Wednesday, March 24, 2010

Key Senator Scores Protectionist EU Proposed Hedge Fund Directive

Joining the growing outcry over protectionist tendencies in the proposed EU Directive regulating hedge funds, Senator Charles Schumer, a key member of the Banking Committee, expressed deep concern that the Directive would overtly discriminate against US hedge funds. In a letter to Treasury Secretary Tim Geithner, he said that the multiple proposals under consideration would all have the effect of significantly limiting or even prohibiting non-EU investment funds from marketing in the EU, despite the fact that EU-based funds have full access to US markets.

If the EU adopts protectionist rules that discriminate against U.S. firms and activities, Sen. Schumer said he will ask Congress to pass equivalent legislation, including measures prohibiting funds that are not headquartered in the U.S. from marketing and raising money in the US and requiring all funds operating in the U.S. to use only U.S.-headquartered custodian banks.

Sen. Schumer urged Treasury to work with Commissioner Barnier, the European Council and the European Parliament to ensure the adoption of provisions that will not discriminate against U.S. firms. Just as EU-based funds and custodian banks currently have full access to US markets, he emphasized, U.S.-based funds and custodian banks should similarly not arbitrarily be denied access to the European market.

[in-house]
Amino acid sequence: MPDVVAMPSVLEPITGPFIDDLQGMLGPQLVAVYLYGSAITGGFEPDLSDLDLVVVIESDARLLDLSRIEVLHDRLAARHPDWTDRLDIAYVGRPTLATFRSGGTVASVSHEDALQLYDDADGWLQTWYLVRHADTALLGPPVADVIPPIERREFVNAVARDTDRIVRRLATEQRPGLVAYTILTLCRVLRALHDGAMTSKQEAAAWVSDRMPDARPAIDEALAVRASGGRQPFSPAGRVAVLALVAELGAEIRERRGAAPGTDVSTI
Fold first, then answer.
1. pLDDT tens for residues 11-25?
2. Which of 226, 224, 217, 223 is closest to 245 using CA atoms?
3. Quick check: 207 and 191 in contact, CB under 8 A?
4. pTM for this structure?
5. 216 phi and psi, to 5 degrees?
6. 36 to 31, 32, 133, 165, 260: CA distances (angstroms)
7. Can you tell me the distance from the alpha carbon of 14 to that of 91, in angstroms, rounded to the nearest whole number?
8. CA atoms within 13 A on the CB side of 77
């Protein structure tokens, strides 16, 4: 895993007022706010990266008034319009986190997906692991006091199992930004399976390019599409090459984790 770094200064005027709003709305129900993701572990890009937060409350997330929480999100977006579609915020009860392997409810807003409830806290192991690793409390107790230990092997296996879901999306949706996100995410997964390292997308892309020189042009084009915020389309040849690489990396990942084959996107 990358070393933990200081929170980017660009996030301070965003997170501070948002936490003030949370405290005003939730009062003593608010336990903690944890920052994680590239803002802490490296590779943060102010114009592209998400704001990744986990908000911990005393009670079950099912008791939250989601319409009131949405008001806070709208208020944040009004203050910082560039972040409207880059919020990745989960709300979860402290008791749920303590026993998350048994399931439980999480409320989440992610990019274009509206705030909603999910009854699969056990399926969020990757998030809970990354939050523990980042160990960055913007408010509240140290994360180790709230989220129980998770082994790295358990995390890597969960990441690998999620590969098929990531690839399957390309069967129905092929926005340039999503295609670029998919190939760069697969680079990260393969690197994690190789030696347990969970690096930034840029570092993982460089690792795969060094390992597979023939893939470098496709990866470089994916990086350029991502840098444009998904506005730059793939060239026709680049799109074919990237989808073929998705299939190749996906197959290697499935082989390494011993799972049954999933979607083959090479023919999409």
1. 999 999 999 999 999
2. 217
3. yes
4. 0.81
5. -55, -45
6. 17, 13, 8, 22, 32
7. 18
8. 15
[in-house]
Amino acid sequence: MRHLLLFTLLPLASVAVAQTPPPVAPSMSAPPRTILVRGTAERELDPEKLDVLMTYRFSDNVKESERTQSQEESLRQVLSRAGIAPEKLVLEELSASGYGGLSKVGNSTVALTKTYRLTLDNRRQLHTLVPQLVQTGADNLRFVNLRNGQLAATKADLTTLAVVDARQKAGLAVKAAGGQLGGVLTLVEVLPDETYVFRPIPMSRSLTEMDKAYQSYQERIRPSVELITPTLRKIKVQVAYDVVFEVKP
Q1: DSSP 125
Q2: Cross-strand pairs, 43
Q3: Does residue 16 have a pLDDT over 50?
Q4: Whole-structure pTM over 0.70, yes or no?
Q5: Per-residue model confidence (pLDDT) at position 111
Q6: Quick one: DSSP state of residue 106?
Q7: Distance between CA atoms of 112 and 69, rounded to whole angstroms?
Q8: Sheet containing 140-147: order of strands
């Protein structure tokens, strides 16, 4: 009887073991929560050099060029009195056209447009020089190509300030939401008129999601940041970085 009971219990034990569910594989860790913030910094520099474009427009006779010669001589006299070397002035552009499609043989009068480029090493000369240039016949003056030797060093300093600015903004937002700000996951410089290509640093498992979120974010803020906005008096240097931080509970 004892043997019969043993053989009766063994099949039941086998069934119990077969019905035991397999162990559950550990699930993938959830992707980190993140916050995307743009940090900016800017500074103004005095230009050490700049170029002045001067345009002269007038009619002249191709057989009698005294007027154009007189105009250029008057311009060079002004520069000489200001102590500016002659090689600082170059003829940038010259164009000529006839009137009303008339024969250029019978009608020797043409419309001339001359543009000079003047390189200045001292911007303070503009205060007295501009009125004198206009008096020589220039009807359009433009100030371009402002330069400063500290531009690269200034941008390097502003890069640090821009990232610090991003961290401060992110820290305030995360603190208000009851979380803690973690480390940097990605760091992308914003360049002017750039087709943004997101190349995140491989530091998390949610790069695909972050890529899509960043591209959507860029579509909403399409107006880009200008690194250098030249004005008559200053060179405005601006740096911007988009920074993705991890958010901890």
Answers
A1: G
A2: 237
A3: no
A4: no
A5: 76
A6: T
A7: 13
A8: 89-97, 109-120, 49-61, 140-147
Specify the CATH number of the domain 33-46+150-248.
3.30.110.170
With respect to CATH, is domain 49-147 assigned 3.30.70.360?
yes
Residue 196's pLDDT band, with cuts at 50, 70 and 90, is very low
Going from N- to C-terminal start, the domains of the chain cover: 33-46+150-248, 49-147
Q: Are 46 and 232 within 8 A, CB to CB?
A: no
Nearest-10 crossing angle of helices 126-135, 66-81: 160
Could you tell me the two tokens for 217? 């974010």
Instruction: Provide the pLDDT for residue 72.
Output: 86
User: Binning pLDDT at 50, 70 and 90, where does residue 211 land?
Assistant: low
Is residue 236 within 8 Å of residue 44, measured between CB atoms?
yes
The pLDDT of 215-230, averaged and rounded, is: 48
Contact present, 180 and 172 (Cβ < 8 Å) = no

The senator endorsed Secretary Geithner’s earlier letter to European Commissioner Michel Barnier, in which the Secretary expressed concern over provisions in the proposed Alternative Investment Funds Management Directive that would discriminate against US hedge funds and deny them the access to the EU market that they currently enjoy. The Secretary urged the Commission to adopt rules ensuring that non-EU fund managers and global custodian banks have the same access to their EU counterparts.

The Secretary pointed out that the US reform legislation will maintain full access to the US market for EU fund managers and custodians. More broadly, he said that it was essential to fulfill the G-20 commitment to avoid discrimination and maintain a level playing field in regulating the alternative investment fund management industry.


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